It would seem simple to start pairing young advisors with more experienced ones, but there are a few challenges to overcome to make it work.

First, the industry’s compensation structure does not make it easy to package a book of business for sale. Senior advisors have come to think of renewals and trails as steady income to fund their retirement. While it is not easy to overhaul a system that has worked for years, with the need to bring new people in, we should look at how to help those who’ve done so much for the industry exit with what they need.

Second, we have not provided incentives that help senior advisors relinquish control. Given the current compensation structure, there is little reason for a senior advisor to give up the income stream, and pass along the book of business. This unfortunately may not be the best situation for the client. The young advisor is also denied a potentially valuable training opportunity.

Third, there is not a set concept for valuation of an insurance practice. Much of a wealth management practice, by contrast, can be defined and thus valued by its assets. In a business that is made up of both insurance and investment business, it is not as black and white. But it’s not impossible.

Fourth, distribution companies have largely not provided services or financing to help advisors through an exit planning transition. While distribution companies can continue sinking money into recruiting, it is more cost-effective to encourage and enable succession to take place within a firm.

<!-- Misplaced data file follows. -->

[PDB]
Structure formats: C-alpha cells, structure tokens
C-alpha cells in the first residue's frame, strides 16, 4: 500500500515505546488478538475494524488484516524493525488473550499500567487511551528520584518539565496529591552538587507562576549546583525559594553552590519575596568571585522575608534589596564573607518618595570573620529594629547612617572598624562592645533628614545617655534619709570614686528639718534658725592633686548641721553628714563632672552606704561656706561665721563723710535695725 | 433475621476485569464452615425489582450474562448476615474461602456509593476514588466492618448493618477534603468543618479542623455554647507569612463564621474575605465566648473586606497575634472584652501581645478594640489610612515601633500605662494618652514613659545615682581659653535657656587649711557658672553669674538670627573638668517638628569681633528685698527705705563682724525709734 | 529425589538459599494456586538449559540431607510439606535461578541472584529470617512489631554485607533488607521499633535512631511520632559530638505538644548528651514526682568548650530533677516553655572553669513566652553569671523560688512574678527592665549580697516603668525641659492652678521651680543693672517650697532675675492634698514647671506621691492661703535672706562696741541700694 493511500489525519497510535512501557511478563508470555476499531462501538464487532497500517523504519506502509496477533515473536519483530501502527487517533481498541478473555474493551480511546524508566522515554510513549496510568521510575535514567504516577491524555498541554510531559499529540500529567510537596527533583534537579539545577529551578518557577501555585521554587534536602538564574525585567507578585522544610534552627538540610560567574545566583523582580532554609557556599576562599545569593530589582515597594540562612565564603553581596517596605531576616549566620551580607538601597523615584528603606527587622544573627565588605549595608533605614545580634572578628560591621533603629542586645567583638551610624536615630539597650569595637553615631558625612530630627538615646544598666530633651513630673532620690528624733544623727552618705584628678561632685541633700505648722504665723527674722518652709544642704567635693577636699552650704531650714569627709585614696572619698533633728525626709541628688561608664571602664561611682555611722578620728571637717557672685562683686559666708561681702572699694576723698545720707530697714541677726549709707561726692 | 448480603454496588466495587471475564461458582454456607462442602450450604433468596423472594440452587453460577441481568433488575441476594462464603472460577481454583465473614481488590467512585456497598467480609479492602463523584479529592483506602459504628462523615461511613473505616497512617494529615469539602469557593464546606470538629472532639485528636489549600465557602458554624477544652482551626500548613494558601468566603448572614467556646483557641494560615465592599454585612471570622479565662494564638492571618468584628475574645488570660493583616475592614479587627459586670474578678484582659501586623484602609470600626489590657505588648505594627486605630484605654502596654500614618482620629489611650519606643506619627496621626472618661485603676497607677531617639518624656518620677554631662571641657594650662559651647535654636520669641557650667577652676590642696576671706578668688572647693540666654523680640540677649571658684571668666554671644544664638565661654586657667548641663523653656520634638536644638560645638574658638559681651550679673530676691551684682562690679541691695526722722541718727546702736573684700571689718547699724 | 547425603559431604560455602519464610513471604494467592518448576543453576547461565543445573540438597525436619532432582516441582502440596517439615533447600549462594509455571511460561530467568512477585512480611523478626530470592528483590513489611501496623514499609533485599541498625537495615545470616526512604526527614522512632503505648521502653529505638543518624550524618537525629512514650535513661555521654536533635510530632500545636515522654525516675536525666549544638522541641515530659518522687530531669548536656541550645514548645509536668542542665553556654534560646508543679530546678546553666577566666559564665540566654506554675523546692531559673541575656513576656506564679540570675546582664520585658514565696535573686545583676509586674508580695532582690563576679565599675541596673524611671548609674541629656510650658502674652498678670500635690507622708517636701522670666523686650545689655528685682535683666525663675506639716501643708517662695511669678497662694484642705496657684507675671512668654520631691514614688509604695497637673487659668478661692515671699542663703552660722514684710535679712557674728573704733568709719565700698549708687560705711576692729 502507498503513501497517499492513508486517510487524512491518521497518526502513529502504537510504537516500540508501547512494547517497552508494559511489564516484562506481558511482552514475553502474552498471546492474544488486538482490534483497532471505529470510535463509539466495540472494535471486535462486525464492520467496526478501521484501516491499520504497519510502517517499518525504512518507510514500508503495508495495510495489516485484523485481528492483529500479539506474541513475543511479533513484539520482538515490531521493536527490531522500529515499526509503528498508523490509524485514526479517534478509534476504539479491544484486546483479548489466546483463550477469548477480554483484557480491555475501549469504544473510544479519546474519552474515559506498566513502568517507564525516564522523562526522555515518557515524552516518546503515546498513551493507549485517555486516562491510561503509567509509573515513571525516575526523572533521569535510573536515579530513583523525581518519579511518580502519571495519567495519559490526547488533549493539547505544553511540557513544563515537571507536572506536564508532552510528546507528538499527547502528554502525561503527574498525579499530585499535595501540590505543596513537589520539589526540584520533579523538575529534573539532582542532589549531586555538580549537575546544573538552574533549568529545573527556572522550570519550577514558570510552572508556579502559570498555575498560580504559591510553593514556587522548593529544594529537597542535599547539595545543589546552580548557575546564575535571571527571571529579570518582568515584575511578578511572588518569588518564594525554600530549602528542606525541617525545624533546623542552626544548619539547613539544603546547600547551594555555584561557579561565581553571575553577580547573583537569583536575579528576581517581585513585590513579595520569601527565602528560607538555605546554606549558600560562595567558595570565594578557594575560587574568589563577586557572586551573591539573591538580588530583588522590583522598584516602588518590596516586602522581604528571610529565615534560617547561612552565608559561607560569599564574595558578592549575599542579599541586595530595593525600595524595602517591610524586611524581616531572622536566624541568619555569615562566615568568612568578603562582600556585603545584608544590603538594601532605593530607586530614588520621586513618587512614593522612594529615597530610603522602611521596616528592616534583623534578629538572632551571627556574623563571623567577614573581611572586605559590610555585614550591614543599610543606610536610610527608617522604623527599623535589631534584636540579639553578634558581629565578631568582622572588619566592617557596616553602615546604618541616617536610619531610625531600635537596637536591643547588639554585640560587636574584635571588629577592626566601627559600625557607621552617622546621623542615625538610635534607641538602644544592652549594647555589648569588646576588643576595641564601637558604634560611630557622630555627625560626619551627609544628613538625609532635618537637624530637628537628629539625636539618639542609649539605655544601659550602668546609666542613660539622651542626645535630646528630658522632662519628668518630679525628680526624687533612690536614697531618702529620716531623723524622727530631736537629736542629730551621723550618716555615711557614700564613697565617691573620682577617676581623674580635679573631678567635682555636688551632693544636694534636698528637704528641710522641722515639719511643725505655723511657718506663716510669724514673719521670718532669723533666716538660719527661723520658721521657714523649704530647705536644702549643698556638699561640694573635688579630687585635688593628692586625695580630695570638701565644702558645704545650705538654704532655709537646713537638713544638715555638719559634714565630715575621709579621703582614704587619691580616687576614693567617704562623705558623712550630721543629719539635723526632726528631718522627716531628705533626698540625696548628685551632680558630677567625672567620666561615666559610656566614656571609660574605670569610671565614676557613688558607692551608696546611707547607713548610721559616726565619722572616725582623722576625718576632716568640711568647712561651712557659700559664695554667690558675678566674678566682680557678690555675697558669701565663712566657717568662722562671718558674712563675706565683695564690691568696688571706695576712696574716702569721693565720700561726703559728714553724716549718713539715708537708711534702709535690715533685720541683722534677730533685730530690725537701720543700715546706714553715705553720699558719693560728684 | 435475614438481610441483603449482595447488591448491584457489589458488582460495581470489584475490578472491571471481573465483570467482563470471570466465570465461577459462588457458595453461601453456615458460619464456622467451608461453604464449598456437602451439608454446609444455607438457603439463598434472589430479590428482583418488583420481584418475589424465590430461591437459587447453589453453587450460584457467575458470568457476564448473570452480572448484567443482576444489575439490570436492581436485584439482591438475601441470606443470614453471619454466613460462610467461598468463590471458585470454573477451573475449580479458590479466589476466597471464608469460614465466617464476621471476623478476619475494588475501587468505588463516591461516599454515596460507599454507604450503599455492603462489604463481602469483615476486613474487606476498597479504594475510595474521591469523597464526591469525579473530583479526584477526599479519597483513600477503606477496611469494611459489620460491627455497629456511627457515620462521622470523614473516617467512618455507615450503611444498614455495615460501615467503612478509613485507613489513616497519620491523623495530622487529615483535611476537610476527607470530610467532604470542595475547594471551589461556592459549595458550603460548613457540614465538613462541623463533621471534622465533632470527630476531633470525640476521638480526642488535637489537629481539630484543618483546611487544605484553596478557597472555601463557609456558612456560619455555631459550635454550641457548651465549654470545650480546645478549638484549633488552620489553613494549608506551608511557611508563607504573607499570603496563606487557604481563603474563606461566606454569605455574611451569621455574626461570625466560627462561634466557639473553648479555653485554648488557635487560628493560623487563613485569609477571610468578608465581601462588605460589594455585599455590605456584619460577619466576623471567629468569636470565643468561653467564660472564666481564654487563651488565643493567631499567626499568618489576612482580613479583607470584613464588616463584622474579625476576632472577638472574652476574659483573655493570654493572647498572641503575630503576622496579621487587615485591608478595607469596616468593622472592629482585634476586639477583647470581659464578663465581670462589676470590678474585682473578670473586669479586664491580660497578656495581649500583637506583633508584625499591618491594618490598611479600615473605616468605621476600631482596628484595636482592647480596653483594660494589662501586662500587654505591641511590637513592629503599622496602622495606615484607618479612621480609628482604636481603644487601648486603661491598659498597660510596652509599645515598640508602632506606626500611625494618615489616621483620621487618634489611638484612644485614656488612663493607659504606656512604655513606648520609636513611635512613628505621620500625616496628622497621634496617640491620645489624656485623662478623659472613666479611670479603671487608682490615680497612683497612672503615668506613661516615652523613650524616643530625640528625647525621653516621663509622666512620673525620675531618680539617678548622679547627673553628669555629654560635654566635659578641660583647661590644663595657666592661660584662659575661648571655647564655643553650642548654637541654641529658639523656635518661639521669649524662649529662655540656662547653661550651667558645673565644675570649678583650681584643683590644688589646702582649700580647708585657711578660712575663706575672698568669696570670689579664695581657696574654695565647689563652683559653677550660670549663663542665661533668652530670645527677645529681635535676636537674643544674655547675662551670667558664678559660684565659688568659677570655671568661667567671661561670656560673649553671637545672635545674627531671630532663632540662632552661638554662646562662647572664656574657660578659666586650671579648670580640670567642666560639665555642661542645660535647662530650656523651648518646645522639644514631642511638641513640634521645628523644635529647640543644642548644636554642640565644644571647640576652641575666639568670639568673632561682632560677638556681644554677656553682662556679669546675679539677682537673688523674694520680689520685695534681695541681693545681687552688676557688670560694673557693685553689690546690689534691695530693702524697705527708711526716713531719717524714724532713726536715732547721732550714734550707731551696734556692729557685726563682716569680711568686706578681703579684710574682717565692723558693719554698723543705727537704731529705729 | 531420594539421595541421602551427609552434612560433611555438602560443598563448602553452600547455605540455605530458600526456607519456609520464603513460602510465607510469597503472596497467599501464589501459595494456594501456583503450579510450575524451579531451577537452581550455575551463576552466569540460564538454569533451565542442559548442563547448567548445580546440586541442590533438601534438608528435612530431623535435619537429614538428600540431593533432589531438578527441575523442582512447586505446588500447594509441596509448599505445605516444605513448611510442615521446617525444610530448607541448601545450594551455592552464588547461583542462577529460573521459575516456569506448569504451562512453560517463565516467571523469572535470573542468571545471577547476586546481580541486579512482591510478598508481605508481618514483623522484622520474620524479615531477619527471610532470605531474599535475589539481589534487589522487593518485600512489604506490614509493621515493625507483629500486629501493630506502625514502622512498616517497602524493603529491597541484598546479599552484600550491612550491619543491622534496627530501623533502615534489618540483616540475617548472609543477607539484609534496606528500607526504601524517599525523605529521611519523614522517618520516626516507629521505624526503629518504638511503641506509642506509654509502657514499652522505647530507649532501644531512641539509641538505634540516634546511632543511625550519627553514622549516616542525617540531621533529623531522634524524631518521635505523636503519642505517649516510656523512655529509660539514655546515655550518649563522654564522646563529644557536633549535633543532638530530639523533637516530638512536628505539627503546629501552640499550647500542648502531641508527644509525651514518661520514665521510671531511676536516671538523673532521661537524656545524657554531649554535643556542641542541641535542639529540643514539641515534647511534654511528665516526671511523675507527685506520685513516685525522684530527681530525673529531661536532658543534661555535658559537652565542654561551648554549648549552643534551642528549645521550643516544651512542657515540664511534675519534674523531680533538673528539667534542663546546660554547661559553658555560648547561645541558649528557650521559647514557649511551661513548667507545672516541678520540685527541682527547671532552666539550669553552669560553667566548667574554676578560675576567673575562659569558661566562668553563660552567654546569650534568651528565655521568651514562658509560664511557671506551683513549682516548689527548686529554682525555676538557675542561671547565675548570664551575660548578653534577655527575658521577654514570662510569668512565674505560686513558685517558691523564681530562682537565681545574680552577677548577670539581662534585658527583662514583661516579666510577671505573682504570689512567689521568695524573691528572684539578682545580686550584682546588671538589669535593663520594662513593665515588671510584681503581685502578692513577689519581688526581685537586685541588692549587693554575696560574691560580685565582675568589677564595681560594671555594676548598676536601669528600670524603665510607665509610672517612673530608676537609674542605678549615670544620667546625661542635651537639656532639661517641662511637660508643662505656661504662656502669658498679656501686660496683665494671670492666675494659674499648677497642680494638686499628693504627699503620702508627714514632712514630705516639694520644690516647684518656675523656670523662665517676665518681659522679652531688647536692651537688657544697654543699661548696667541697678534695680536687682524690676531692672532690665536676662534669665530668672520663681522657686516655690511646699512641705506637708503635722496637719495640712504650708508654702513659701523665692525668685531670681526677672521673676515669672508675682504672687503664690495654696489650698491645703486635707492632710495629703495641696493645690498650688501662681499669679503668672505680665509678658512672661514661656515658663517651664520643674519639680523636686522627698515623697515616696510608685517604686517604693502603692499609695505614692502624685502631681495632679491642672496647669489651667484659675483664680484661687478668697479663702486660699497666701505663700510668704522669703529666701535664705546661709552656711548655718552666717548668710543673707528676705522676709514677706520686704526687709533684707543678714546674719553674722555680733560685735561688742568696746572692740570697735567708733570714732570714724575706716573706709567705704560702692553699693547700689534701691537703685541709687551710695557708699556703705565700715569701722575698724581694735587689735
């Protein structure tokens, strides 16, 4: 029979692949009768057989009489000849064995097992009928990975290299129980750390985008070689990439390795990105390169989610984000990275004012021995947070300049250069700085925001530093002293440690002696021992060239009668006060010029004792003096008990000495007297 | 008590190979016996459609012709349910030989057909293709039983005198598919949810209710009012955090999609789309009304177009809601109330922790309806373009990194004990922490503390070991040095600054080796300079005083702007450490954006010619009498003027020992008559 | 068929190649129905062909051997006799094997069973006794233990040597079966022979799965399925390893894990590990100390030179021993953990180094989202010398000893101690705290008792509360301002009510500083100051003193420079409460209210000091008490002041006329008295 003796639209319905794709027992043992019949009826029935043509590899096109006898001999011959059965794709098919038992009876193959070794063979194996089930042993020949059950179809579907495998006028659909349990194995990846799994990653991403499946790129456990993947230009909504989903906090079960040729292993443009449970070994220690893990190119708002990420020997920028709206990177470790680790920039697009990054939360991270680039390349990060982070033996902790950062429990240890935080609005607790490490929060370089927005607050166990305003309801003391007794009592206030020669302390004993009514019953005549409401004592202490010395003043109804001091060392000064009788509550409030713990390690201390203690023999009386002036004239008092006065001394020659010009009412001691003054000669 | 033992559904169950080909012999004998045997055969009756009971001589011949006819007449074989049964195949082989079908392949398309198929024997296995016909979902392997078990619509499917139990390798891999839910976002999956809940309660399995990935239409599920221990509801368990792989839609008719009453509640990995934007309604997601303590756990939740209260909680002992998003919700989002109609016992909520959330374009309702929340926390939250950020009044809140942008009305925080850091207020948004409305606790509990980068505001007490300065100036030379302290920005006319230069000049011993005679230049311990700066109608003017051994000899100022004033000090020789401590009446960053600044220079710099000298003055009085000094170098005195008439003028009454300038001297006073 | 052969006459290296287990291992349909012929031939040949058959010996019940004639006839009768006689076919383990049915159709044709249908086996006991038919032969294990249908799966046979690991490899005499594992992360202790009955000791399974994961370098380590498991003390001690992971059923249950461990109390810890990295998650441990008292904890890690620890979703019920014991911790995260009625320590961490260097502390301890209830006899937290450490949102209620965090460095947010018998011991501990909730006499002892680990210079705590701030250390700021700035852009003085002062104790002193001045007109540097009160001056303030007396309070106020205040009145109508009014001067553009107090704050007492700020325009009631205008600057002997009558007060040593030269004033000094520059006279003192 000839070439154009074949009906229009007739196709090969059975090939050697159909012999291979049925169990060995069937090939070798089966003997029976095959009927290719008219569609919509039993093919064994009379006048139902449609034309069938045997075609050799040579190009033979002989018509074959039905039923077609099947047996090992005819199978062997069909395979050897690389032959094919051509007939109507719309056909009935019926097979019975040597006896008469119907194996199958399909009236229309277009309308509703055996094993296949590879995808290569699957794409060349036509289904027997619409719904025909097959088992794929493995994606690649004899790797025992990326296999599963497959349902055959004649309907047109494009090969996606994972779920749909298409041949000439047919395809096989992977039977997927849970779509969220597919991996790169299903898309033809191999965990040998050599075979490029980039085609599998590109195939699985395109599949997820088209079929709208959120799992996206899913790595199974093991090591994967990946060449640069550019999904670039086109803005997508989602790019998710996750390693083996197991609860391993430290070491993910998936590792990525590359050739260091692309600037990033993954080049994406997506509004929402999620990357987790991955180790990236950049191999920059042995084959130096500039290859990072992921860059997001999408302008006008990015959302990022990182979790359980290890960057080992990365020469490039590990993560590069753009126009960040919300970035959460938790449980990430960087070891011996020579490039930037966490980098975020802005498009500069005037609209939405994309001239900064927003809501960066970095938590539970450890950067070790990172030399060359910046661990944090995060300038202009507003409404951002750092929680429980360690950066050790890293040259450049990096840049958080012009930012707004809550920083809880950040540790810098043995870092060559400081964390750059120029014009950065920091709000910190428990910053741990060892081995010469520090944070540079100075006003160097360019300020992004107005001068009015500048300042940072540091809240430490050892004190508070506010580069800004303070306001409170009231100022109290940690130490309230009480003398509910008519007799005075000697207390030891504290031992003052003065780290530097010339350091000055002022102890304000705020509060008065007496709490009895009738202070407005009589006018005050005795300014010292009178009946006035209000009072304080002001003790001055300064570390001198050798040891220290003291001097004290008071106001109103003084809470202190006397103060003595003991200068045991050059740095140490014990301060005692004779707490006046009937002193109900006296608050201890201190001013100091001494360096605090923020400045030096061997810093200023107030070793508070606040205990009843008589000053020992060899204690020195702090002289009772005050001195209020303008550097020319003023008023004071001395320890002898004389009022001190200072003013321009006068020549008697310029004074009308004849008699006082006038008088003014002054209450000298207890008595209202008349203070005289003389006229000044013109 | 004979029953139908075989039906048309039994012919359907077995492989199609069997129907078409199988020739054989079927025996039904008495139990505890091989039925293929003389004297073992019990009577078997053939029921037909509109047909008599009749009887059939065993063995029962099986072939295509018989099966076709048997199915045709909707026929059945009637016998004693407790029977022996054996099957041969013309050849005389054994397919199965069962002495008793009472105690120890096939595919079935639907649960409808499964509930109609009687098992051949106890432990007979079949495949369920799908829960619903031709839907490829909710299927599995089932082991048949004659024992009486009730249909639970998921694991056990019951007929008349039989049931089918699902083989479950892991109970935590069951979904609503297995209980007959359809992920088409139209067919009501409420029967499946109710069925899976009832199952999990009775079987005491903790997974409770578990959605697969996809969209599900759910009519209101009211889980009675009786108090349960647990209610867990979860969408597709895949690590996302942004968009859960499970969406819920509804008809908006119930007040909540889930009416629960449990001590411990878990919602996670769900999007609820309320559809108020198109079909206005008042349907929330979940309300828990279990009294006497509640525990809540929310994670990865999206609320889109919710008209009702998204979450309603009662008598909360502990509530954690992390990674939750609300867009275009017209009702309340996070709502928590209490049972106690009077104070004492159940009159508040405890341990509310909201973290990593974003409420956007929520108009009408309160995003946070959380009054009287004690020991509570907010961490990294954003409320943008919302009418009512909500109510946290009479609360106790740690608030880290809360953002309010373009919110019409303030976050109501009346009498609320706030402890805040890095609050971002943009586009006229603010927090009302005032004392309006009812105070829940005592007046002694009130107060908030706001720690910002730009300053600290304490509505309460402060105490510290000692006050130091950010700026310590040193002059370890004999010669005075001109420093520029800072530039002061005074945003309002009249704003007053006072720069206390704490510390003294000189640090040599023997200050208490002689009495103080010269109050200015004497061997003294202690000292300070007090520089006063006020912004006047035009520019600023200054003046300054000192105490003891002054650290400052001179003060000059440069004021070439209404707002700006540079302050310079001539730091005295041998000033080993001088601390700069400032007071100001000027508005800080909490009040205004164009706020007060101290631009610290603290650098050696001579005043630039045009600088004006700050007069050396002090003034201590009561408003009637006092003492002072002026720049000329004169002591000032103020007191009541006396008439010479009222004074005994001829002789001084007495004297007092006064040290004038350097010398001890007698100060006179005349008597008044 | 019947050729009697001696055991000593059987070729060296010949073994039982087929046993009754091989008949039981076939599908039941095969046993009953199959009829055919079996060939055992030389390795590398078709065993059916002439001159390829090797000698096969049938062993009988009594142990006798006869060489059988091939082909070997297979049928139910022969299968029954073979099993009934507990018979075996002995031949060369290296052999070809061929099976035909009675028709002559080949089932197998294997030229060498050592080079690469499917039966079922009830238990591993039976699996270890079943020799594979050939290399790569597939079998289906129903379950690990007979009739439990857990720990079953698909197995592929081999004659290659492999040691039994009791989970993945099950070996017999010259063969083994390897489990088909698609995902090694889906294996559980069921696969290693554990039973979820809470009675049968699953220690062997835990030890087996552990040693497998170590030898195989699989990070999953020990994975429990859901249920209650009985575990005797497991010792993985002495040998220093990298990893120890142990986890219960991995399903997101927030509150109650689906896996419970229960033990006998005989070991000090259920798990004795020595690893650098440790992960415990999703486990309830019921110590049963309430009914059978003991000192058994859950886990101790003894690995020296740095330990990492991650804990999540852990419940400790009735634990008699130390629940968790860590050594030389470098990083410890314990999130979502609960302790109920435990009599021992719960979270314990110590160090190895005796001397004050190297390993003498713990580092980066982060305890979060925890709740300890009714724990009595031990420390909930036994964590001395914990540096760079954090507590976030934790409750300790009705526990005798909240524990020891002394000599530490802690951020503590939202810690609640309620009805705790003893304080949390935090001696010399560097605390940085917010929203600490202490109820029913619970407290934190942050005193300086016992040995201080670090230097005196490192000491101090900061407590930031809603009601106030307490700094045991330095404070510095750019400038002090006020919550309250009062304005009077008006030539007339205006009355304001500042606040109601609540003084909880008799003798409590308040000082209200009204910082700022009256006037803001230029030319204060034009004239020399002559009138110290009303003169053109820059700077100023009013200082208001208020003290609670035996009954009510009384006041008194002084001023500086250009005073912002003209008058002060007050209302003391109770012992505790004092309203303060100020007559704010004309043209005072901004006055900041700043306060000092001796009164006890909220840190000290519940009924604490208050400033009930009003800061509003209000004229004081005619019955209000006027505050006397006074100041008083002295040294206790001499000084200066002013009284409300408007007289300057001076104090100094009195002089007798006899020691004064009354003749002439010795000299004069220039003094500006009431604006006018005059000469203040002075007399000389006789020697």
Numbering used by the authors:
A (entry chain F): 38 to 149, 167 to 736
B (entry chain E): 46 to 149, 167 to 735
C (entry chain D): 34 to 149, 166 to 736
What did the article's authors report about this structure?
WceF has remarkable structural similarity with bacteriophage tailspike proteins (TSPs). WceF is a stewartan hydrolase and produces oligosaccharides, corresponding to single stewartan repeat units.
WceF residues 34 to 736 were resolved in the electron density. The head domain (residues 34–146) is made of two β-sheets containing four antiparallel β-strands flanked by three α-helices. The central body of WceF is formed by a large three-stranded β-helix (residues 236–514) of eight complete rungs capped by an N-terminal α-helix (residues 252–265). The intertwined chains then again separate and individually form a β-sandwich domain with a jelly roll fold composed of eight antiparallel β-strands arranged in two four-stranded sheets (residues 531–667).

The fixes to these issues are complex and require much thought and some restructuring of the way we provide compensation. Given the state of our industry, those companies that figure this out should thrive–because they will grow. The financial representatives coming through a program like this will still have to work through the courses. But they will also have the benefit of something equally, if not more, valuable: hands-on training by someone who cares about the future of his or her clients and practice.

And though the profession is relationship-driven, and many advisors are in it because they like helping clients, both companies and senior advisors must remember it is a business. If steps are not taken to find ways to bring young people in and help them succeed, not only will we be missing out on a great market opportunity. The industry will also be in danger.

Peter Gordon is president of John Hancock Financial Network, Boston, Mass. He can be reached at pgordon@jhancock.com